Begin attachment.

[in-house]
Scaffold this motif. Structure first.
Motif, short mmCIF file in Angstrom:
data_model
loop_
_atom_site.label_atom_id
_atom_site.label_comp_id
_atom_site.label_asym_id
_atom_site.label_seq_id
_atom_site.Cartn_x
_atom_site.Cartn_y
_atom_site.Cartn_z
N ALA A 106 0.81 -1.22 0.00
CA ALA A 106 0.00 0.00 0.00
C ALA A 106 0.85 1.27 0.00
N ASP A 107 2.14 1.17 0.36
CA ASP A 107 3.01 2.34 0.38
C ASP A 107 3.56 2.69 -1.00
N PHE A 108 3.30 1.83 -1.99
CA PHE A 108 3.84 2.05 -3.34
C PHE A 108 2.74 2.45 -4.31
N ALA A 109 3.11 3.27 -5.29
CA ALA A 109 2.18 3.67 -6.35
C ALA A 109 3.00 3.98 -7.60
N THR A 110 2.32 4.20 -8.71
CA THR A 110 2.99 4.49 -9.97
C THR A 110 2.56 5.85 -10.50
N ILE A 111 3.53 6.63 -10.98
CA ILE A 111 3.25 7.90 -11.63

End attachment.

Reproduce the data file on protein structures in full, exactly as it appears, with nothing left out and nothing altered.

[in-house]
Scaffold this motif. Structure first.
Motif, short mmCIF file in Angstrom:
data_model
loop_
_atom_site.label_atom_id
_atom_site.label_comp_id
_atom_site.label_asym_id
_atom_site.label_seq_id
_atom_site.Cartn_x
_atom_site.Cartn_y
_atom_site.Cartn_z
N ALA A 106 0.81 -1.22 0.00
CA ALA A 106 0.00 0.00 0.00
C ALA A 106 0.85 1.27 0.00
N ASP A 107 2.14 1.17 0.36
CA ASP A 107 3.01 2.34 0.38
C ASP A 107 3.56 2.69 -1.00
N PHE A 108 3.30 1.83 -1.99
CA PHE A 108 3.84 2.05 -3.34
C PHE A 108 2.74 2.45 -4.31
N ALA A 109 3.11 3.27 -5.29
CA ALA A 109 2.18 3.67 -6.35
C ALA A 109 3.00 3.98 -7.60
N THR A 110 2.32 4.20 -8.71
CA THR A 110 2.99 4.49 -9.97
C THR A 110 2.56 5.85 -10.50
N ILE A 111 3.53 6.63 -10.98
CA ILE A 111 3.25 7.90 -11.63